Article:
A Taste of Christmas in Vienna
There’s no place like home for the holidays, but when home isn’t an option, and you live in a non-celebrating country, like Turkey, you’ve got to find the merry where you can. My first Christmas in Ankara, I stayed in town and even went to class on the 25th. This year I decided to upgrade my holiday experience with a trip to Vienna and Budapest over the week of Christmas.
For a girl used to Ankara, which I would say is a modernizing city with a Middle-eastern bent, Vienna is a real treat. Even though I laughed when a friend compared it to a wedding cake, now I’d have to agree. The buildings are mostly gleaming white and beautifully decorated. There’s no trash laying about, and few leaves astray. While walking around, especially with the city all lit up for Christmas, I felt like I was in a fairy-tale.
Our first priority was Christmas markets, so we started with the largest at Town Hall. Lights shaped like hearts and snowmen hung from the trees leading to the market. The first booth we hit was the gluwein, hot spiced wine served in a real mug, and perfect for sipping while browsing the booths on a cold misty night.
You can buy all kinds of crafty gifts at the market – here’s a selection of what we saw:
Eventually we abandoned the market for the nearest beer house. Aside from the beer, I wasn’t too excited about the menu and chose what looked most decent, a Bergen sausage, without really knowing what it was. It was a lucky choice. Imagine a pork sausage full of cheese and wrapped in bacon, then cooked – amazeballs!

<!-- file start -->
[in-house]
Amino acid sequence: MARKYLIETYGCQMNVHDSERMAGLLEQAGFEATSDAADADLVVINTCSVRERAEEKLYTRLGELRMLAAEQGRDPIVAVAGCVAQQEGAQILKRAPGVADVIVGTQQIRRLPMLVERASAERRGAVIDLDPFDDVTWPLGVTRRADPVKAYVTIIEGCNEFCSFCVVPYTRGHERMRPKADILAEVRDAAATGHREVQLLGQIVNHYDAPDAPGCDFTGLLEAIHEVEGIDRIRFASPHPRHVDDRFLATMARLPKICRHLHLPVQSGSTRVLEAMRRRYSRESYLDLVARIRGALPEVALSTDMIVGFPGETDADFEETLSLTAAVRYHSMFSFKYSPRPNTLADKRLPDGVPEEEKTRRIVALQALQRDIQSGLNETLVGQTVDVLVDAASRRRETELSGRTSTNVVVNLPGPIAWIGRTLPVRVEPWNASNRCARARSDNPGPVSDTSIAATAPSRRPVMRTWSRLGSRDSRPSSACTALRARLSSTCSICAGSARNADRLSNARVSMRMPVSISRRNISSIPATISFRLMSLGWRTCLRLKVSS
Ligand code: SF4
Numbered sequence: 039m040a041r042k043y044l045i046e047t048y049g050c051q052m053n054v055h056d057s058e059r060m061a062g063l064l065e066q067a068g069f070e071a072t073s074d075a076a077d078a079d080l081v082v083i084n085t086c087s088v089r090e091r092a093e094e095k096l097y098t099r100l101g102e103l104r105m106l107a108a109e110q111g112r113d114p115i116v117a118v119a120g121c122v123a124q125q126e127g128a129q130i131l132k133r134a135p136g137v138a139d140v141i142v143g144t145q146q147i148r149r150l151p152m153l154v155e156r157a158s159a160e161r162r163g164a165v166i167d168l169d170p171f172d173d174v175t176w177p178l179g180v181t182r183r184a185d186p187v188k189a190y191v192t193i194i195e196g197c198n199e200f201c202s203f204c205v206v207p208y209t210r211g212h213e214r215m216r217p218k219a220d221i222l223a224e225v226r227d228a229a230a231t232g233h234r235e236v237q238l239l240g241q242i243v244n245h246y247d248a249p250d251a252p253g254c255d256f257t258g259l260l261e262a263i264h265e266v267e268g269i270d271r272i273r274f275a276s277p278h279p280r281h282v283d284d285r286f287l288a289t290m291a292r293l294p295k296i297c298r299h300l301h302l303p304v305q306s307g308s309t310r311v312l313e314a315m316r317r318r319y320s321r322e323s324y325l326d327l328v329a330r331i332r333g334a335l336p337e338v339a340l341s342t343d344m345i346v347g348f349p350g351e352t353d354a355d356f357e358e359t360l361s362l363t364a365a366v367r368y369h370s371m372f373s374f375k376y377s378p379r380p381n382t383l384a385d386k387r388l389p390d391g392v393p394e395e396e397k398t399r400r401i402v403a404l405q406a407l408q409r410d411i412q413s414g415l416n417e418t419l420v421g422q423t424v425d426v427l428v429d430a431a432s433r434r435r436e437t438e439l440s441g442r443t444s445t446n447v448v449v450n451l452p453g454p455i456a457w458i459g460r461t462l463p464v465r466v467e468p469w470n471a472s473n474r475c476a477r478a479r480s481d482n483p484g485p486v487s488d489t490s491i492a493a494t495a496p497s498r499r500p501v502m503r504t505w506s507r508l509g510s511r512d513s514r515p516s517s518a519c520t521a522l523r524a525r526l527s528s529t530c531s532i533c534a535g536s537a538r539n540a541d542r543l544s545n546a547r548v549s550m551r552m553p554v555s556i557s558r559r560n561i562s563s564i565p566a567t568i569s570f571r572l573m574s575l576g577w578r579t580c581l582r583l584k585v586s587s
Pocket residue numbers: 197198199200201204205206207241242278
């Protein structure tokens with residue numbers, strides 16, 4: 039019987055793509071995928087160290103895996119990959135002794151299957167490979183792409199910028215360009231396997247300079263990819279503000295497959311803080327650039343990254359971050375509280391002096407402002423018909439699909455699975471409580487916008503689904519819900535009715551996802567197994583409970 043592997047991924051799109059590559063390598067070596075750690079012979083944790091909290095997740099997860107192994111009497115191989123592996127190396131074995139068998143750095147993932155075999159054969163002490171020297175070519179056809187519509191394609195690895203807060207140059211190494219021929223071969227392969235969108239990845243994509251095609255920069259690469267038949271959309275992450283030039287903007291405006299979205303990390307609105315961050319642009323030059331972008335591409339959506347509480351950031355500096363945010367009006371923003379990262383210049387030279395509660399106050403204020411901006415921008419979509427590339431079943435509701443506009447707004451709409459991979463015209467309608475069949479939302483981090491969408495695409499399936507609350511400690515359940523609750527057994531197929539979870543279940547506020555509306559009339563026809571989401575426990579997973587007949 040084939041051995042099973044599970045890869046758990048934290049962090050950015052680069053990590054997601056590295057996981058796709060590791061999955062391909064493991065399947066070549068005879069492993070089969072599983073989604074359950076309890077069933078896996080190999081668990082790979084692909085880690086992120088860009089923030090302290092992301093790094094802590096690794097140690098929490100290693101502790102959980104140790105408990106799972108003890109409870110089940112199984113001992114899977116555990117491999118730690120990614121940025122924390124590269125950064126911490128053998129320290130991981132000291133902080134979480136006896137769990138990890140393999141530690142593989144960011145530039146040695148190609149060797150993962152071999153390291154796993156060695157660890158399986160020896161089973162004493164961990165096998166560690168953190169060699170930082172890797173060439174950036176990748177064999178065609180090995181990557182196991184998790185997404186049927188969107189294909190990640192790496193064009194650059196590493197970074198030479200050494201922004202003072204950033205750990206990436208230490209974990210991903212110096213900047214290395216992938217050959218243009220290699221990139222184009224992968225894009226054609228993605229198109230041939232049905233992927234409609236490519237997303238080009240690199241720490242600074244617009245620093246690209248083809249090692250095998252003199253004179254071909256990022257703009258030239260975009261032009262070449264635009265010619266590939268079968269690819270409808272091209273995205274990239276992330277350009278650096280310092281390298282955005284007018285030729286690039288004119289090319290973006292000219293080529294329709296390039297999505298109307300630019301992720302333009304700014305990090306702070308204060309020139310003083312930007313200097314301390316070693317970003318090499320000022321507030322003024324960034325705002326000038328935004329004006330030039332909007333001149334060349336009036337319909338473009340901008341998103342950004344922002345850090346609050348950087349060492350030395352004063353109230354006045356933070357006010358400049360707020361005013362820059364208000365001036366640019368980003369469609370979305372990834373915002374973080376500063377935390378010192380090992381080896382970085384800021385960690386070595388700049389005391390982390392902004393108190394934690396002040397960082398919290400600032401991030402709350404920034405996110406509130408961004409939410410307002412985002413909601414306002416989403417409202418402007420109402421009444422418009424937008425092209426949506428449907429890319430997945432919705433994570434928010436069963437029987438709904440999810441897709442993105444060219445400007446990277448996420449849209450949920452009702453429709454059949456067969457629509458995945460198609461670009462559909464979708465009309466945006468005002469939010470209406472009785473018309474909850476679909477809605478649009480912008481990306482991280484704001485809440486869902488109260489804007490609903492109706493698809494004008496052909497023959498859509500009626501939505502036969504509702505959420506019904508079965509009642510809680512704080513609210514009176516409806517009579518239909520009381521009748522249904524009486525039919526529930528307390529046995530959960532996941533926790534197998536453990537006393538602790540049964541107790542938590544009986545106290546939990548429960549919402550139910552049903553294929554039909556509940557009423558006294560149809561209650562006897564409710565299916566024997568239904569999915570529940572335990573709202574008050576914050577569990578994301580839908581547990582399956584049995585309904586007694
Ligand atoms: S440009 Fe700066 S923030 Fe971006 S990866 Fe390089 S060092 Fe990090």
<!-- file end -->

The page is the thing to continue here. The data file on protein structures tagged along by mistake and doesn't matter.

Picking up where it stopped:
On Sunday I went to the Hofsburg Palace for a morning of culture. First stop was mass sung by the Vienna Boys Choir. The singing was absolutely beautiful, but because the boys are way up in the choir loft, you can’t see them until the end of mass, when they do an encore Hallelujah on the altar, kind of like a photo shoot. Instead, I spent the mass watching some other guys, who I think are like grown-up choir boys, fooling around on the altar.
Between the mass and my next event, seeing the Lipizzaner stallions at the Spanish Riding School, I walked around the palace and enjoyed some more gluwein. It was pretty misty, but for me it gave the city a nice, Christmasy feel. In addition to the cleanliness, I loved the beauty of the palace and the statues. I was surprised to see some Roman ruins right in front of one of the gates – they found them in the 90s! I think it will be fascinating to revisit all of these sites over my lifetime and see what gets uncovered.
The Spanish Riding School is all about precision and discipline. I won’t deny that the horses are stunning, and seeing them dance and pirouette was a treat. However, I guess the American in me was waiting for a little more excitement, like jumping and cowboy-style rodeo tricks. I should have known to expect an elegant European affair when the horses performed to classical music of Austrian composers and the announcer who explained each school in a crisp, intercontinental English accent. Luckily I was able to keep myself occupied admiring the beauty of the horses and their riders. Unfortunately you can’t take pictures during the performances, so here’s a before shot of the hall, and a few pics from the stables.
I spent the rest of the day wandering the city. Vienna is pretty flat with nice sidewalks, so perfect for walking all day. As I was getting ready for the evening, the notes of Deck the Halls came through my window. Although I had to climb onto the windowsill to see it, there was a band walking the street and playing holiday tunes, while stopping in front of the gluwein stalls. Vienna was perfect for getting into the holiday spirit!
As I was headed to another Christmas market on Sunday night, I stopped by to check out St. Stephen’s and noticed a long line and a guy at the gate. After a few questions and trying to interpret a sign in German, I learned that there was a holiday concert there in a few minutes. Feeling it a fortuitous sign, I joined the queue and then got to enjoy the cathedral with the accompaniment of beautiful music.